Skip to main content


Reset A A Font size: Print

United States Court of Appeals,Eleventh Circuit.

Alonzo HURTH, Petitioner-Appellant, v. Billy MITCHEM, Warden, Attorney General for the State of Alabama, Respondents-Appellees.

No. 03-11471.

Decided: February 16, 2005

Before DUBINA, CARNES and CUDAHY *, Circuit Judges. Thomas Martele Goggans (Court-Appointed), Montgomery, AL, for Petitioner-Appellant. Cecil G. Brendle, Jr., Montgomery, AL, Michael Boysie Billingsley, Birmingham, AL, for Respondents-Appellees.

 In order to serve as the basis for a procedural bar in federal habeas proceedings, a state rule must be firmly established and regularly followed.  Hill v. Jones, 81 F.3d 1015, 1023 (11th Cir.1996);  Cochran v. Herring, 43 F.3d 1404, 1408, modified on reh'g, 61 F.3d 20 (11th Cir.1995);  see also Lee v. Kemna, 534 U.S. 362, 376, 122 S.Ct. 877, 885, 151 L.Ed.2d 820 (2002).   This appeal presents us with the question of whether the only state procedural rules that meet those requirements are jurisdictional ones.

 A rule is jurisdictional if the petitioner's non-compliance with it actually divests the state courts of power and authority to decide the underlying claim, instead of merely offering the respondent an opportunity to assert a procedural defense which may be waived if not raised.   See, e.g., Siebert v. Campbell, 334 F.3d 1018, 1025 (11th Cir.2003) (“Under [Alabama law], ‘the failure to file a[n Alabama] Rule 32 petition within the two-year limitations period is a jurisdictional defect that can be noticed at any time and is not waived by the failure of the state to assert it.’ ”) (quoting Williams v. State, 783 So.2d 135, 137 (Ala.Crim.App.2000));  see also id. at 1025-26 n. 8 (distinguishing “[a] court's discretionary authority to dismiss an untimely petition” from “a jurisdictional rule requiring a court to dismiss untimely petitions whenever their untimeliness may be noticed”).

We have conflicting prior panel precedent on the question of whether state procedural rules must be jurisdictional in nature in order to be firmly established and regularly followed for federal habeas procedural bar purposes.   Before addressing that intra-circuit conflict, we will set out the pertinent procedural history of the present case.


In 1994 Alonzo Hurth was tried and convicted in the Alabama courts of robbery in the first degree.   Because he was a habitual offender, Hurth was sentenced to life imprisonment without parole.  Hurth v. State, 688 So.2d 275, 276 (Ala.Crim.App.1995), overruled by Morgan v. State, 733 So.2d 940 (Ala.Crim.App.1999).   On direct appeal the Court of Criminal Appeals remanded the case to the trial court for further proceedings relating to the sentence.   Id. at 276-77.

On remand the trial court re-imposed the same sentence, and on return of the case from remand that sentence as well as the conviction were affirmed by the Court of Criminal Appeals.  Id. at 277 n. * (subsequent history note by Reporter of Decisions).   That appellate court also denied Hurth's request for a rehearing, id., and following the Alabama Supreme Court's denial of his petition for a writ of certiorari, id., it issued a certificate of judgment in the case on December 20, 1996.

On February 5, 1999, which was more than two years after issuance of the certificate of judgment, Hurth filed the Ala. R.Crim. P. 32 collateral petition that would lead to this case.   In that petition he raised the ineffective assistance of counsel claims that he would later assert in this federal habeas proceeding.   The state trial court did not address the merits of any of the claims raised in Hurth's Rule 32 petition.   Instead, the court dismissed the petition as untimely under the two-year statute of limitations in Rule 32.2(c).  That provision specifies that:  “[T]he court shall not entertain any petition for relief from a conviction [on specified grounds, including federal constitutional violations] unless the petition is filed ․ within two (2) years after the issuance of the certificate of judgment by the Court of Criminal Appeals.”  Ala. R.Crim. P. 32.2(c) (2002) (amended to lower the period in which a petition may be filed from two years to one year on March 22, 2002, effective August 1, 2002).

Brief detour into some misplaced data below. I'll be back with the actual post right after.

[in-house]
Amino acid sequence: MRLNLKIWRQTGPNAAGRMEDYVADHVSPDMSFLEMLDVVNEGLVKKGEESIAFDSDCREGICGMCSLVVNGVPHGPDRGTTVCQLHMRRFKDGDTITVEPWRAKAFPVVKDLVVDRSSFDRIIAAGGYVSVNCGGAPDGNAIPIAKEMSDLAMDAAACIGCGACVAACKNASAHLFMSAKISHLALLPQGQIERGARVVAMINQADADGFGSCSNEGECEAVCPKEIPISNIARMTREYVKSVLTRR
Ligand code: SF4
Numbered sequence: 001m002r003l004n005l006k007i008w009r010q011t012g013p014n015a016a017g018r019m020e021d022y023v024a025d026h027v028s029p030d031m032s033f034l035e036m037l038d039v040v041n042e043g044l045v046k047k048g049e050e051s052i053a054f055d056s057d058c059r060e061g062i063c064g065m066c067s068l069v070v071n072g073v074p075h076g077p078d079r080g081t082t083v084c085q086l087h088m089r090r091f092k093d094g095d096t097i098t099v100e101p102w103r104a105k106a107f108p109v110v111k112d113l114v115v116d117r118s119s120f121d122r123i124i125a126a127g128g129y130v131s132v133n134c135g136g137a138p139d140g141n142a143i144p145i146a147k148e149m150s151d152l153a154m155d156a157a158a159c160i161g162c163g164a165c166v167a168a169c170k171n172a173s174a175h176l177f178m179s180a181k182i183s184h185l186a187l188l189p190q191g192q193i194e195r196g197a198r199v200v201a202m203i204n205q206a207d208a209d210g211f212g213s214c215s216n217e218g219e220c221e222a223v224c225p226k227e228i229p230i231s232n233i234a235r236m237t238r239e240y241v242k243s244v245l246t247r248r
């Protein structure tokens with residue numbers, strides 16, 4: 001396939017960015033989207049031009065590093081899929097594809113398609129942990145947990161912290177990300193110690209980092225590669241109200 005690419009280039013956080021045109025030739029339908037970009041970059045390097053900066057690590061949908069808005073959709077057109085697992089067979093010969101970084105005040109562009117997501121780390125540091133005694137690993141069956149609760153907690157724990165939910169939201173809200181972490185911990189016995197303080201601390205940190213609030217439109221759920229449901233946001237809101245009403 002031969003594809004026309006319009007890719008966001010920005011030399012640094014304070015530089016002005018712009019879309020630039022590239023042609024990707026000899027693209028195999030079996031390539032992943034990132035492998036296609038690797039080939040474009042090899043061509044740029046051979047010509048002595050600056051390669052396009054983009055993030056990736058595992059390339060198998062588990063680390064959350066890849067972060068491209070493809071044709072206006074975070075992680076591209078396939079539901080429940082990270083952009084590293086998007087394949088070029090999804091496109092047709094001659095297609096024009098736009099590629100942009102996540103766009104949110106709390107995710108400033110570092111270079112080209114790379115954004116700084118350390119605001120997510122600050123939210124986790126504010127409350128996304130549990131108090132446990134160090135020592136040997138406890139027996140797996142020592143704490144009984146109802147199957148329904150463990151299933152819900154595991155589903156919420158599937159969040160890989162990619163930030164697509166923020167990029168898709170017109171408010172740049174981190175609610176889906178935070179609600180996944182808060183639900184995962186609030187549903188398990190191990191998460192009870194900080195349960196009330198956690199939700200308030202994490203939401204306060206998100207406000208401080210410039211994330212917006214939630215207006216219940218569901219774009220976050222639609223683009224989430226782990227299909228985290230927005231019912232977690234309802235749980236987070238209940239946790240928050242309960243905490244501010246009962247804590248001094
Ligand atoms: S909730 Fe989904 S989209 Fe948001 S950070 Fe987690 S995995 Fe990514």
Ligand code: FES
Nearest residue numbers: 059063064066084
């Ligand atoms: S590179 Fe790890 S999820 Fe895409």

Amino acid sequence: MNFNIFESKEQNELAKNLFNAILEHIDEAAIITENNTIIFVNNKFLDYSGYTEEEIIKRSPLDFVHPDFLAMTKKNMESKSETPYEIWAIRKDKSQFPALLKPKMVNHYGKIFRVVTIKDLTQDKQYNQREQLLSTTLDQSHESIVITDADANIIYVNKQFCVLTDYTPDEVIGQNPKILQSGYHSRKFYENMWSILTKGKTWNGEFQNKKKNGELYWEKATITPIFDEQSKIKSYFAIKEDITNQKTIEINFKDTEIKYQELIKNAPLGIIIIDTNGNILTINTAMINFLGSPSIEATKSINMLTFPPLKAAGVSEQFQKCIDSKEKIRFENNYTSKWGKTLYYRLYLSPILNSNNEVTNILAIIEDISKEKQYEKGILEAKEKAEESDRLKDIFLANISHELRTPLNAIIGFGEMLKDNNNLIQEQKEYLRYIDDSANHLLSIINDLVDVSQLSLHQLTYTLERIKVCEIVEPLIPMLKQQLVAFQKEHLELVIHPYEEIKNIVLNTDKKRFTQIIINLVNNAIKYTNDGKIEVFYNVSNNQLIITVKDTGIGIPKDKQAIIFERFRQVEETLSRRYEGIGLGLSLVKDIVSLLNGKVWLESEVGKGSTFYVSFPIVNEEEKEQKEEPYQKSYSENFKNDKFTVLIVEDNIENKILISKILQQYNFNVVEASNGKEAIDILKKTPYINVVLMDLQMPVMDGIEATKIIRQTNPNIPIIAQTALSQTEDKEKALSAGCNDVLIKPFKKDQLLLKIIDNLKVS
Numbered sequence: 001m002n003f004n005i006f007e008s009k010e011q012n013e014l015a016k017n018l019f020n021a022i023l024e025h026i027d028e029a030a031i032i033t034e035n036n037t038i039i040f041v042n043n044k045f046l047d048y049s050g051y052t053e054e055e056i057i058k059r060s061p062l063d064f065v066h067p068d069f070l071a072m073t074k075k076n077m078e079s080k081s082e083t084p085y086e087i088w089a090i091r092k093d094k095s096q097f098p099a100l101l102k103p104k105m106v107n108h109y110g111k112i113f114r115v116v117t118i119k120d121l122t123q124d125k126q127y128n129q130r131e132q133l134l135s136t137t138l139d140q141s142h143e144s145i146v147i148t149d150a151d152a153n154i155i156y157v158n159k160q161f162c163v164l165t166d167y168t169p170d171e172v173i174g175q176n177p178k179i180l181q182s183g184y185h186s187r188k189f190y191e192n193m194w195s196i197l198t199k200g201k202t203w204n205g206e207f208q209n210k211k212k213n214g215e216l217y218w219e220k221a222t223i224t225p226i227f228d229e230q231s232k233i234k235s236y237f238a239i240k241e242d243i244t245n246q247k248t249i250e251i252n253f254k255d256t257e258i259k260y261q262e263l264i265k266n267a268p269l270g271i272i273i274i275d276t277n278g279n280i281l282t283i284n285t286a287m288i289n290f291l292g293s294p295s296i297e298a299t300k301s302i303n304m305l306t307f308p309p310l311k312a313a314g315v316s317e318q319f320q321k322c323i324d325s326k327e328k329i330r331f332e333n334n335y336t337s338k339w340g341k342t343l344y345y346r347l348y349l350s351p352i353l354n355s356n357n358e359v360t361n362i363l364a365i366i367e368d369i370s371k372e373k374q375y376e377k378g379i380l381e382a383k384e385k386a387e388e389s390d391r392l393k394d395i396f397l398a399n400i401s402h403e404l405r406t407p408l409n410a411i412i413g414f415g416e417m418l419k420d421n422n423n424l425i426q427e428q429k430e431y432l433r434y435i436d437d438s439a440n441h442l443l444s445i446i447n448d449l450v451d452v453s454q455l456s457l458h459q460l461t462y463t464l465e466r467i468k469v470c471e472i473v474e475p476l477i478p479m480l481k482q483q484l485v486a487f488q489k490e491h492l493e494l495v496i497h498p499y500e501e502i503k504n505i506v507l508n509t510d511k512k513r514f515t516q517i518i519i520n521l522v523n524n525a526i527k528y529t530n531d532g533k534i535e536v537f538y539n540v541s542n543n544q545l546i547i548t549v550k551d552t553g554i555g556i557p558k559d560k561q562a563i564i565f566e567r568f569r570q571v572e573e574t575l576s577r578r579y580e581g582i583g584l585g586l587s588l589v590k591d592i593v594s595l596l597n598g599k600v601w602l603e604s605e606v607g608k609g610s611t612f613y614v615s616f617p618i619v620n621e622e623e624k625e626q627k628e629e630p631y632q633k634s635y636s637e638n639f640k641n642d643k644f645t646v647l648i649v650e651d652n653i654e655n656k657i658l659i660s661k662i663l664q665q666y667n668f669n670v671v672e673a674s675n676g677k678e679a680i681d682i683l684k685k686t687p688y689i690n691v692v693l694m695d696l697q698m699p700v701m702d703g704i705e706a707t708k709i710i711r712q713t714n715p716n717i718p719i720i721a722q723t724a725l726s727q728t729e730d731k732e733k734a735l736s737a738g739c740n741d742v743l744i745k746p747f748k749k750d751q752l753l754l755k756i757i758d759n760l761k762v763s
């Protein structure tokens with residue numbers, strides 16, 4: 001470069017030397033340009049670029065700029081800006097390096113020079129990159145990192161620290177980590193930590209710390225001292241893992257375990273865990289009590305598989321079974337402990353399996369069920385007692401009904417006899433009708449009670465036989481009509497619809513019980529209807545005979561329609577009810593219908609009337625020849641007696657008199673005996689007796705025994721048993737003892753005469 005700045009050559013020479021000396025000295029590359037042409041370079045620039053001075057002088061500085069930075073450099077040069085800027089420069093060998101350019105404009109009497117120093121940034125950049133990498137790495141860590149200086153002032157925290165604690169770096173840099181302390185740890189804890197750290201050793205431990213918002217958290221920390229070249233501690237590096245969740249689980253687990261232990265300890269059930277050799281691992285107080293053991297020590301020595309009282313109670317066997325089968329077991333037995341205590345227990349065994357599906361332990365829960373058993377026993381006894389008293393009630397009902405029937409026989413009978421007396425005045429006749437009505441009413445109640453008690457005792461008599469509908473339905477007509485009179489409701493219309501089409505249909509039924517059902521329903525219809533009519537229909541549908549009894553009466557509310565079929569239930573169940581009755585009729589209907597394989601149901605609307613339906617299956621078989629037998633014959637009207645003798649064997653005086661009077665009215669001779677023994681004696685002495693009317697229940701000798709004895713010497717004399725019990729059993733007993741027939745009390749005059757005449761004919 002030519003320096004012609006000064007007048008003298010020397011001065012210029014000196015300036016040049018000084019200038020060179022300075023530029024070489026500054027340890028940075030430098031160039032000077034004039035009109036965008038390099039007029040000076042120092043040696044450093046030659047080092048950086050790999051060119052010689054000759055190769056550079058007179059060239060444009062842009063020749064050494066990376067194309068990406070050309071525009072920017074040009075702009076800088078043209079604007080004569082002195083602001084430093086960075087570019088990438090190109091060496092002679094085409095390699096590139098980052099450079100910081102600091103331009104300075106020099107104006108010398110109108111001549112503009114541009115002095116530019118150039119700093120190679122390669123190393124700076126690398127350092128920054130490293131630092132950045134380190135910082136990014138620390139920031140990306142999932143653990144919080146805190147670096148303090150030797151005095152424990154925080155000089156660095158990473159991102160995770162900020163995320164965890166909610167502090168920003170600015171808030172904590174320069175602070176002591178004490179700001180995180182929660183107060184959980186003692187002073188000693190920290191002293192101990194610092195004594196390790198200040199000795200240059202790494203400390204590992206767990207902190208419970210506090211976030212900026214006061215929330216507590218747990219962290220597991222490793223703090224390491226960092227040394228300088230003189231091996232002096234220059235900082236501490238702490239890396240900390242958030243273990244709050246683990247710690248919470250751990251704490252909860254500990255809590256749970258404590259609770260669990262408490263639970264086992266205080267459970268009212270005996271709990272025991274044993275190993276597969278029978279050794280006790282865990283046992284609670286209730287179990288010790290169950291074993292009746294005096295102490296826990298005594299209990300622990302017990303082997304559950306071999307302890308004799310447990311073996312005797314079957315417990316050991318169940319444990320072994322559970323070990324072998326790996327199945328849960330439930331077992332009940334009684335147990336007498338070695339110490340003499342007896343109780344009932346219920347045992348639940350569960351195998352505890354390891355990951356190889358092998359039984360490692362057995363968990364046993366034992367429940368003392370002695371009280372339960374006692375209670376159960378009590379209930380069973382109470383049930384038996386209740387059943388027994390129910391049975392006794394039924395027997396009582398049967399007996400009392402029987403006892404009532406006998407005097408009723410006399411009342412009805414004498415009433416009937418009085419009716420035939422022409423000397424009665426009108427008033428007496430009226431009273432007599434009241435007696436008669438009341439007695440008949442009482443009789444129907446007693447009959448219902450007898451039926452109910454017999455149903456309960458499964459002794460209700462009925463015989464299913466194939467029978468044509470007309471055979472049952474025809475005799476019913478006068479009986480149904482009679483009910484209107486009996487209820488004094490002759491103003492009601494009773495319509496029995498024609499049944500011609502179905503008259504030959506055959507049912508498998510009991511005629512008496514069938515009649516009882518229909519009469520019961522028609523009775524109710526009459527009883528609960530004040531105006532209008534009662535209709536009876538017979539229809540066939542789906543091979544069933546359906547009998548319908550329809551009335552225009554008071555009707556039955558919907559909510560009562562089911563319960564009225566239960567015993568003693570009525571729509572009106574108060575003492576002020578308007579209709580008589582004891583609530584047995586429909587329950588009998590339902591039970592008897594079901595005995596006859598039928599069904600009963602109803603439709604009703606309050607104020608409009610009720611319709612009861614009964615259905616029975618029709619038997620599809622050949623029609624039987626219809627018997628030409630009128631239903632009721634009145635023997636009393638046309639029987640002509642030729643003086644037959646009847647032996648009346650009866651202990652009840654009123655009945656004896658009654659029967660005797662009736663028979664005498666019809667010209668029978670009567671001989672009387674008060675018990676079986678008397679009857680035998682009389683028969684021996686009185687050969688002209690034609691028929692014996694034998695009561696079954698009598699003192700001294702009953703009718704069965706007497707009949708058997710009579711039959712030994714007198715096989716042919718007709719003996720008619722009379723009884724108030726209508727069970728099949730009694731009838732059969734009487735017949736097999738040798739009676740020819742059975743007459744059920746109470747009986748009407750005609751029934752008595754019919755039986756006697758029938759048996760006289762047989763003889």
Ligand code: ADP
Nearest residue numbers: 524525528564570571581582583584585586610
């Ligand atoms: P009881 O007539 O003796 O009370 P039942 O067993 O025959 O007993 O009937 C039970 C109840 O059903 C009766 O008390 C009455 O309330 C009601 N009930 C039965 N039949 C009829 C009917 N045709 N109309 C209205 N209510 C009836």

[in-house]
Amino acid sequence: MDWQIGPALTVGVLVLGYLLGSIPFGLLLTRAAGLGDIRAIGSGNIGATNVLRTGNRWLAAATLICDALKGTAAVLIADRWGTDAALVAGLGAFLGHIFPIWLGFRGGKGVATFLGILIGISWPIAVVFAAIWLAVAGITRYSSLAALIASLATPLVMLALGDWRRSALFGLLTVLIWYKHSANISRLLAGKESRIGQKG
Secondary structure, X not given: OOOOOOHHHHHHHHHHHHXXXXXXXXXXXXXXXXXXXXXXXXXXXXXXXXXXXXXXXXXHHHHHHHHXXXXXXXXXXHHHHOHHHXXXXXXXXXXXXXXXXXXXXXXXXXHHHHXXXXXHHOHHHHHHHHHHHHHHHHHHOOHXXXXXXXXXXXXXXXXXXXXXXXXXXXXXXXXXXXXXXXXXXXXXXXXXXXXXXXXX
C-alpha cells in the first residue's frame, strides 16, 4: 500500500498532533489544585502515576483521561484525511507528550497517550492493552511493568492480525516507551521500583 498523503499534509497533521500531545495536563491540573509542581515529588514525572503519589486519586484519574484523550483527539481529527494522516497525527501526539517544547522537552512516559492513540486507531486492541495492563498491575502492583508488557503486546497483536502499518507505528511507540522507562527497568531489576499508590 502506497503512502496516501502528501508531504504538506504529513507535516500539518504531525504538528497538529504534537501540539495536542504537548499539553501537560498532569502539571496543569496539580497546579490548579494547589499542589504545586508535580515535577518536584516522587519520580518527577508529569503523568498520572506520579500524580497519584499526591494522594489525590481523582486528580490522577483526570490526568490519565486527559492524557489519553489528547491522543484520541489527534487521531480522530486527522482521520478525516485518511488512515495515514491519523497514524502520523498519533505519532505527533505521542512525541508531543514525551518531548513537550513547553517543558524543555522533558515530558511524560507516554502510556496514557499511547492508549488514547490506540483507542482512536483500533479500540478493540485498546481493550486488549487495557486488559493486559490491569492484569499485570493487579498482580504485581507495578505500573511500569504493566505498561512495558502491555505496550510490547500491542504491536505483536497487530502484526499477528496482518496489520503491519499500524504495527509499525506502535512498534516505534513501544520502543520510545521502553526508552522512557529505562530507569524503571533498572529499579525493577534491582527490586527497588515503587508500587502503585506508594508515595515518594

The Court of Criminal Appeals affirmed the trial court ruling, and in doing so held that:  “Because Hurth's petition was barred from review by the two-year limitation period provided in Rule 32.2(c), the trial court was authorized to dismiss the petition without an evidentiary hearing, and without requiring a response from the state.”

Hurth then filed this 28 U.S.C. § 2254 petition raising the same ineffective assistance of counsel claims he had asserted in his Rule 32 proceeding in state court.   The magistrate judge issued a report and recommendation that the petition be denied;  it was based on the claim being procedurally barred as a result of Hurth's failure to file his Rule 32 petition in state court within the two-year statute of limitations contained in Ala. R.Crim. P. 32.2(c).  Over Hurth's objections the district court adopted the report and recommendation, and denied the petition for federal habeas relief.

After Hurth appealed, this Court issued a certificate of appealability on the following issue:  “Whether the district court erred in dismissing the claims in appellant's federal habeas corpus petition, 28 U.S.C. § 2254, as procedurally defaulted when it is arguable among jurists of reason that the state's rationale for failing to reach the merits of appellant's claims was not consistently applied.”